A discogram is a relatively safe enhanced x-ray examination of the intervertebral discs used to evaluate back pain. Liquid contrast media (dye) is injected into the center of the discs being evaluated. The dye makes the discs clearly visible on x-ray and fluoroscope. A discogram can show if a disc is ruptured or has tears through the annulus, outer ring. This test is usually done prior to surgery to help the surgeon know the location of the problem(s) and the type of surgical intervention needed if any.
Prior to the injection, you will be asked to sign a consent form. A nurse will check your vital signs, and ask what medications you are currently taking and if you are allergic to any medications. You may be given medication to help you relax. You will lie on your abdomen and side during the procedure. After cleansing your back with a cooling antiseptic, a local anesthetic is applied to numb the area of the back to be tested. This may sting a little. A needle is placed through the skin along the center of the back into the center of the discs. A dye is injected into the disc that allows for a detailed view of it. More than one level is usually tested to determine which levels are normal and which are not. If the test causes pain that is similar to your back or leg pain, it is a good indication that the disc is causing problems. A CT scan is usually performed after the procedure. The procedure takes about 45 minutes. And after an observation period you will be allowed to go home.
- Specially trained personnel with the physician’s office or facility will explain the discogram procedure in detail and answer any questions you may have. Potential complications will be explained and consent will be obtained to perform the procedure.
- Nothing to eat or drink 6 to 8 hours prior to the procedure.
- Discontinue all medications beginning after midnight before your procedure. A nurse from either the performing physician’s office or from the facility will contact you a few days prior to the procedure to go over with you what medication you can and cannot take the day of the procedure.
- Discontinue anti-inflammatory medication such as ibuprofen or naproxen three days prior to the discogram.
- Discontinue aspirin products seven days prior to your injection.
- If on blood thinners such as Coumadin, Plavix or Pradaxa, contact the prescribing physician to stop the medication seven days prior to injection.
- Come dressed comfortably. Please leave all jewelry and valuables at home.
- You must have an adult driver with you
- Make and bring a list of all medications, both prescribed and over-the-counter with you to the injection along with your photo identification and insurance card(s).
- Plan to arrive one hour prior to your injection time to check-in and register at the facility.
Other than pain, associated symptoms may include weakness, numbness or tingling.
Fortunately, most forms of back pain get better on their own: approximately 50 percent of patients will experience back pain relief within two weeks and 90 percent within three months.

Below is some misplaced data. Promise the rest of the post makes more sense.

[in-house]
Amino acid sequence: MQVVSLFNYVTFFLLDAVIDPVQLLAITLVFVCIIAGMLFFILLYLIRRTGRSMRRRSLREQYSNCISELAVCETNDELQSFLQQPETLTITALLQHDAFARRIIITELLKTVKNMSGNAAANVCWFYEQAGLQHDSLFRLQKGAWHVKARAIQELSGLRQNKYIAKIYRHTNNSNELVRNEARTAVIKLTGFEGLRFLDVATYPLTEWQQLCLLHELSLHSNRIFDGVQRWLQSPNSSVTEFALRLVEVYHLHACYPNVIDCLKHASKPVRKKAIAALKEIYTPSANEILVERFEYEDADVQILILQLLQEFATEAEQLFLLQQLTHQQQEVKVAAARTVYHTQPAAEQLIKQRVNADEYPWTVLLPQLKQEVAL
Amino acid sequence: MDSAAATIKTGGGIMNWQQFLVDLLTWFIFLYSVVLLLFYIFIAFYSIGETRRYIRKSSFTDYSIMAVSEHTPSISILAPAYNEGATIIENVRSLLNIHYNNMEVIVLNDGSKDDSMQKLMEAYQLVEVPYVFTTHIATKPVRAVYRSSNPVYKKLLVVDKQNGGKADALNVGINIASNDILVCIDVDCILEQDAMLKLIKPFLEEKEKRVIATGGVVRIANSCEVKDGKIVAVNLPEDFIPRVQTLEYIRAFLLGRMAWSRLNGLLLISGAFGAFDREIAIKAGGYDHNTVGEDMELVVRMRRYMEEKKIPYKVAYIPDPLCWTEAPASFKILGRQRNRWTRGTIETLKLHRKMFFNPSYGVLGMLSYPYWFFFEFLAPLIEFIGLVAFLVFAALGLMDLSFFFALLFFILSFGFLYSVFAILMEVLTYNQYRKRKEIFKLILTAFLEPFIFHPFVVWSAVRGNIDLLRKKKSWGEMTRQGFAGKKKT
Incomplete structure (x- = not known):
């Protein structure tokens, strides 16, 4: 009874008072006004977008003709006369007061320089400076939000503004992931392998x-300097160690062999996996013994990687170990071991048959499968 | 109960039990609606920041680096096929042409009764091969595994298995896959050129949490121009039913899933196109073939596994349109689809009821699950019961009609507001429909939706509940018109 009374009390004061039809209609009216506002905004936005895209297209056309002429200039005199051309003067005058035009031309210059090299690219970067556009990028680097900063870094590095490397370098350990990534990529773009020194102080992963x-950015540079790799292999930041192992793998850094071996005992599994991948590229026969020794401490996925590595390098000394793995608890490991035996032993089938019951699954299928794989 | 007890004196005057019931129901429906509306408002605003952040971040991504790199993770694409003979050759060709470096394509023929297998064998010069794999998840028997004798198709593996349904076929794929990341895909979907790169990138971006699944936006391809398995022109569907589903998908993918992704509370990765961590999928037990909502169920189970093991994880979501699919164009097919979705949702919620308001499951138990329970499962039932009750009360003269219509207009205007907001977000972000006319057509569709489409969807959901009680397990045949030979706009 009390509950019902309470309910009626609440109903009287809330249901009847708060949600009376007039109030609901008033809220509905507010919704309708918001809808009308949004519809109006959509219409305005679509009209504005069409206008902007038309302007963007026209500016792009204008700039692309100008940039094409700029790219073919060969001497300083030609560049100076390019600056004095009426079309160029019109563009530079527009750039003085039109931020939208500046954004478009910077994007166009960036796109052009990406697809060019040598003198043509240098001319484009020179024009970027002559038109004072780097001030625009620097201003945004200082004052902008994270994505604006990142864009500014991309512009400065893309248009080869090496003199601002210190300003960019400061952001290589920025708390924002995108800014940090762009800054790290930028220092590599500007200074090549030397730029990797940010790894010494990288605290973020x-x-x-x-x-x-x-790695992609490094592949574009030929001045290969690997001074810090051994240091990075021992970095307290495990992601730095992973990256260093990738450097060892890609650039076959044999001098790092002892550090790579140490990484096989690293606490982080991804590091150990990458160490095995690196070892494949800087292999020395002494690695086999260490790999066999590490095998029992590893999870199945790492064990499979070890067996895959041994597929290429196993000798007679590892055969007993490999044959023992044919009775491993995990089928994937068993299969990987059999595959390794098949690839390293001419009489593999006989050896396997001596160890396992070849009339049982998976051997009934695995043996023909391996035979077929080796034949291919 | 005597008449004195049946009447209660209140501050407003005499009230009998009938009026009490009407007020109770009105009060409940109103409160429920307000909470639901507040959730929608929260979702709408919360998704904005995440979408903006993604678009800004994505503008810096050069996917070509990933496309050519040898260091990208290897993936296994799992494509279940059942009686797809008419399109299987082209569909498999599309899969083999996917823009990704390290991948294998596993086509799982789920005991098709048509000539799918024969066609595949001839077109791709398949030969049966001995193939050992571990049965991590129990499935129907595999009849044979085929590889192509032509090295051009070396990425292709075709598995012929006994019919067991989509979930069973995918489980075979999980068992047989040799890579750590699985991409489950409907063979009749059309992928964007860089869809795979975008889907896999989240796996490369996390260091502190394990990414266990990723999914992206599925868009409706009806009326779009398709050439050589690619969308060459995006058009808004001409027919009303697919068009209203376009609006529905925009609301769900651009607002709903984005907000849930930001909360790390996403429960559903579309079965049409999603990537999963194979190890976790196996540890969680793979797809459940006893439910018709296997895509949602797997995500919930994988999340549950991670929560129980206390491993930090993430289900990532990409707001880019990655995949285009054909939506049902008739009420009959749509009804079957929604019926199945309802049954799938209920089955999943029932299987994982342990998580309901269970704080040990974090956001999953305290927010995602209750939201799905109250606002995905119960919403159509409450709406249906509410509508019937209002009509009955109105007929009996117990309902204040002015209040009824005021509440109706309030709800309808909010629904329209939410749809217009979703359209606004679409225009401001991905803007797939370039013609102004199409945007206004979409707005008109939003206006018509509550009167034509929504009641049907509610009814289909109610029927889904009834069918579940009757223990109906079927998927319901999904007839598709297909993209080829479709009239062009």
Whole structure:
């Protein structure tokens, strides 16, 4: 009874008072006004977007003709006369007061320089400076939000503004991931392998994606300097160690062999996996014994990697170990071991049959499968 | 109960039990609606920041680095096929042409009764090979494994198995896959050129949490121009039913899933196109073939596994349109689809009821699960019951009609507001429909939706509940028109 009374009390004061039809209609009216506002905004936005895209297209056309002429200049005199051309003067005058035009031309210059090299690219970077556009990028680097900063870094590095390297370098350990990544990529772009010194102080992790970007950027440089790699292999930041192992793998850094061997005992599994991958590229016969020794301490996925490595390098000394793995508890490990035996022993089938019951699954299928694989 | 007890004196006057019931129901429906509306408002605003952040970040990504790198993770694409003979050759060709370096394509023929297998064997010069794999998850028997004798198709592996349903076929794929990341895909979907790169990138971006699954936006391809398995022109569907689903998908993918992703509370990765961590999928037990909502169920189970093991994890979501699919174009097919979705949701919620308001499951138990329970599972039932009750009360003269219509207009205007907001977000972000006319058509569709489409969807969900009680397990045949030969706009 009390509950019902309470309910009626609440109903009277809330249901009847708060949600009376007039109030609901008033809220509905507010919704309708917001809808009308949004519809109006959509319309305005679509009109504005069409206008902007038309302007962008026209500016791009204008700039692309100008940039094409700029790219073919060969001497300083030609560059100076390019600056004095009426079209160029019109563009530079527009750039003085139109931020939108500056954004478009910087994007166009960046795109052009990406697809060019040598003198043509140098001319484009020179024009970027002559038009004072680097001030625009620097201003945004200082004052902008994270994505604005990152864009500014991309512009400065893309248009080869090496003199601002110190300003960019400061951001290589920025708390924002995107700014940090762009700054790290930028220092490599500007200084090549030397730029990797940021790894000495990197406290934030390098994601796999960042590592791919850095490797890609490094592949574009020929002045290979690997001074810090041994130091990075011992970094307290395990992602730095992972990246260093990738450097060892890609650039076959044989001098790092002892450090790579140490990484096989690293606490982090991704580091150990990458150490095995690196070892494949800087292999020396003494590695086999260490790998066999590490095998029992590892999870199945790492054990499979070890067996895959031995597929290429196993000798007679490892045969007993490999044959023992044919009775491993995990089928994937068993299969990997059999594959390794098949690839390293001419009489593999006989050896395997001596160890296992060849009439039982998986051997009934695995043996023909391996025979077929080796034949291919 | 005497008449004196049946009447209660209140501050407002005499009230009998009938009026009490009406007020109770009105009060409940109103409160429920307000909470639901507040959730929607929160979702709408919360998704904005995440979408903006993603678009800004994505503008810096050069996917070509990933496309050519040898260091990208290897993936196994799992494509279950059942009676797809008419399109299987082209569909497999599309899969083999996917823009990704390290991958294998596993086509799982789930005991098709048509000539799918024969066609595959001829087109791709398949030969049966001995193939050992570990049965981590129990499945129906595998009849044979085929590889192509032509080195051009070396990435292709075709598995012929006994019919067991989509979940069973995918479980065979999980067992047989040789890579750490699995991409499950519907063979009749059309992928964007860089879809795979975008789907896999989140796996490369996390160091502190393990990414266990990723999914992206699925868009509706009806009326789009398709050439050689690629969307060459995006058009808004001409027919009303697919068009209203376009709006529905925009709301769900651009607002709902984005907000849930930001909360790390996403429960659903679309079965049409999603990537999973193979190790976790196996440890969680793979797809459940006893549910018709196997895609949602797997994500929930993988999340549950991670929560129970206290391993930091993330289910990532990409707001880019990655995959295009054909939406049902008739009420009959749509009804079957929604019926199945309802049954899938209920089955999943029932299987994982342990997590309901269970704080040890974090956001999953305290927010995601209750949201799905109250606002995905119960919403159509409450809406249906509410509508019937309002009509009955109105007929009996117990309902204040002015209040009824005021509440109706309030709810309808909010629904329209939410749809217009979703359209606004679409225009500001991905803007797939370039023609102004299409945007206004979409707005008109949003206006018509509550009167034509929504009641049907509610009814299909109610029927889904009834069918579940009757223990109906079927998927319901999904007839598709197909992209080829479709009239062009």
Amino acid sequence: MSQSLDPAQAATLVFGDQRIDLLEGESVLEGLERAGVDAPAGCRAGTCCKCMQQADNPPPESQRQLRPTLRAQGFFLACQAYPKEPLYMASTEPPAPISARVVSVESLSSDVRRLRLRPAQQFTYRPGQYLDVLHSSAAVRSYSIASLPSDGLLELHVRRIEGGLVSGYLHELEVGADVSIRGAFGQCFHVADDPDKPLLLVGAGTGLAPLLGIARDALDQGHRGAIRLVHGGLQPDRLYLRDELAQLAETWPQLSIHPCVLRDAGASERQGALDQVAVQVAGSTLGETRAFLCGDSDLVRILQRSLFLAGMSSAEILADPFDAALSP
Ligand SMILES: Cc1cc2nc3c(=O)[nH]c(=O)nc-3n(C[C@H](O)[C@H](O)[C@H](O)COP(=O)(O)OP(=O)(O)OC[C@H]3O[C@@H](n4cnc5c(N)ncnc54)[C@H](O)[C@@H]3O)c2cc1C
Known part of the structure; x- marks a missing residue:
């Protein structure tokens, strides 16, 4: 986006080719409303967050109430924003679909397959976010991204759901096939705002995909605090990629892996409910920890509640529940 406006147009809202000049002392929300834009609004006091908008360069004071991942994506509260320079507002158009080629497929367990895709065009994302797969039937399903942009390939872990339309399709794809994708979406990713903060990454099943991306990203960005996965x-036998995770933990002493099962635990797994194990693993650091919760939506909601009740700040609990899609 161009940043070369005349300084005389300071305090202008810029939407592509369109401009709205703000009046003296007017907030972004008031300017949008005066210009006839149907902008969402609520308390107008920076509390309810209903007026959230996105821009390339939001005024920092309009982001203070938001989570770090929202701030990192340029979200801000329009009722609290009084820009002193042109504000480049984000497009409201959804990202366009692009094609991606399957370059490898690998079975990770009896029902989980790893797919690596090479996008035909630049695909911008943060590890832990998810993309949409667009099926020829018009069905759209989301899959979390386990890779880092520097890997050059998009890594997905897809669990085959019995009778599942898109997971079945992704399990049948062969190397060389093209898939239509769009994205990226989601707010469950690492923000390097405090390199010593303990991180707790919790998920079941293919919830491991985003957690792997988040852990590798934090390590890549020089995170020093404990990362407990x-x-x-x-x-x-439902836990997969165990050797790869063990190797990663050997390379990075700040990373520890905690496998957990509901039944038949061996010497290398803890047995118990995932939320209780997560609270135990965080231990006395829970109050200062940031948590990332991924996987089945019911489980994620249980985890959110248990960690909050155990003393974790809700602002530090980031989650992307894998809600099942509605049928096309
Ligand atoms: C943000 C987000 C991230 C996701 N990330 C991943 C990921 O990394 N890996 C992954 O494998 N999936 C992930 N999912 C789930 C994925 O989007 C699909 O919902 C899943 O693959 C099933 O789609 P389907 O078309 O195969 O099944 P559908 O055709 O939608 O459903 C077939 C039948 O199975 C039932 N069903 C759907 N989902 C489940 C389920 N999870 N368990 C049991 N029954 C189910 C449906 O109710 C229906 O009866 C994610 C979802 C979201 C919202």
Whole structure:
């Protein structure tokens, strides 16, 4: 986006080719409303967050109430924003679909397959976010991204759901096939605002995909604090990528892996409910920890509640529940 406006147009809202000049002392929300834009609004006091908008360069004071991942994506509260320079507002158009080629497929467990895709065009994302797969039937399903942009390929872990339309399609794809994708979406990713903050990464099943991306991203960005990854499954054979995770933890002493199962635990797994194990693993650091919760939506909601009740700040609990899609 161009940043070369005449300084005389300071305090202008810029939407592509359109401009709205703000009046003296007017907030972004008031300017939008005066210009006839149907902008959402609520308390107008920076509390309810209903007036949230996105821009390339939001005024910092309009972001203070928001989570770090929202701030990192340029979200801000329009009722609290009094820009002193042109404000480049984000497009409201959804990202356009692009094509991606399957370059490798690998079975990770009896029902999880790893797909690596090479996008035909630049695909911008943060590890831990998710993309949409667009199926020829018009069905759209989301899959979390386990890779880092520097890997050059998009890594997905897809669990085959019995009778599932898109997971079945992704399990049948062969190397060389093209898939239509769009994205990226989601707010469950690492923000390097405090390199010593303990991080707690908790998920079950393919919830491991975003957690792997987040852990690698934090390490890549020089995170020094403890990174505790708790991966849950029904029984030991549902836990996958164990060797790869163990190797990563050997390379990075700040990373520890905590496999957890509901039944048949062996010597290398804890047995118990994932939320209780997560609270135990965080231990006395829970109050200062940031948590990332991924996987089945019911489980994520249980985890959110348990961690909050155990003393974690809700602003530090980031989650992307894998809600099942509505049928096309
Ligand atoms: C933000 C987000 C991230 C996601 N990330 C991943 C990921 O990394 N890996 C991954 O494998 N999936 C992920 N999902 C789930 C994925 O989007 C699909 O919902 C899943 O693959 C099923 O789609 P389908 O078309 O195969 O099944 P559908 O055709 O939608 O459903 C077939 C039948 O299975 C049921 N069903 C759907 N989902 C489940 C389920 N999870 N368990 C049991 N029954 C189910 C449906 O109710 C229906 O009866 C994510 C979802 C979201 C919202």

If the pain lasts for more than a few days, is getting worse, does not respond to back pain remedies such as a short period of rest, using ice or heat, lower back pain exercises and over-the-counter pain relievers, then it is usually advisable to see a back doctor.
- Advil,Ibuprofen, Nuprin, Motrin
- Naprosyn, Naprelan, Naproxyn, Alleve, anaprox
- Lodine, Etodolac
- Orudis, Oruvail, Ketoprofen
- Cataflam, Voltaren, Diclofenac, Arthrotec
- Feldene, Iroxicam
- Tolectin, Tomletin
- Nalfon, Fenoprofen
- Meclomen, Meclofenamate
- Daypro, Oxaprozin
- Clinoril, Sulindac
- Indocin, Indomethacin
- Relafen (Nabumetone)
- Dolobid, Difunisal
- Ponstel, Mefenamic Acid
- Toradol, Ketoralac
- Apsirin, Bufferin, Excedrin, Disalcid, Salsalate, Alka Seltzer Plus, Trisilate
- Anything that has “salicylic” or “salicylate” on the label
It is alright to continue taking:
A bulging disc is quite common, and usually remains undetected until the disc bulge comes in contact with adjacent nerves leading to pain and other symptoms.
Degenerative Disc Disease
Degenerative disc disease is not truly a disease, but more of a chain of events that naturally occur as we age. There is no avoiding degenerative disc disease, but you may slow its progress.
As the outer shell of your disc begins to toughen or dry up, a painful crack or tear could happen. Learn what a disc tear is, and how you can recover from it.
Failed Back & Neck Surgery
There are many reasons why back or neck surgery may provide lackluster results. Bad diagnosis, unskilled surgeon, or improper healing; which is it?
Facet Joint Syndrome
Facet Joint Syndrome refers to the degeneration of the arthritic changes that occur in your facet joints. Age and daily wear and tear are the most common culprits.
Foraminal Stenosis describes the narrowing of the foramen. As the foramen narrows, exiting nerves can become compressed causing pain and other symptoms.
Pain presents itself in many different ways, at different times and in many cases is triggered by specific activities. We will be happy to answer your questions in conjunction with a personal phone call follow up with one of our doctors.
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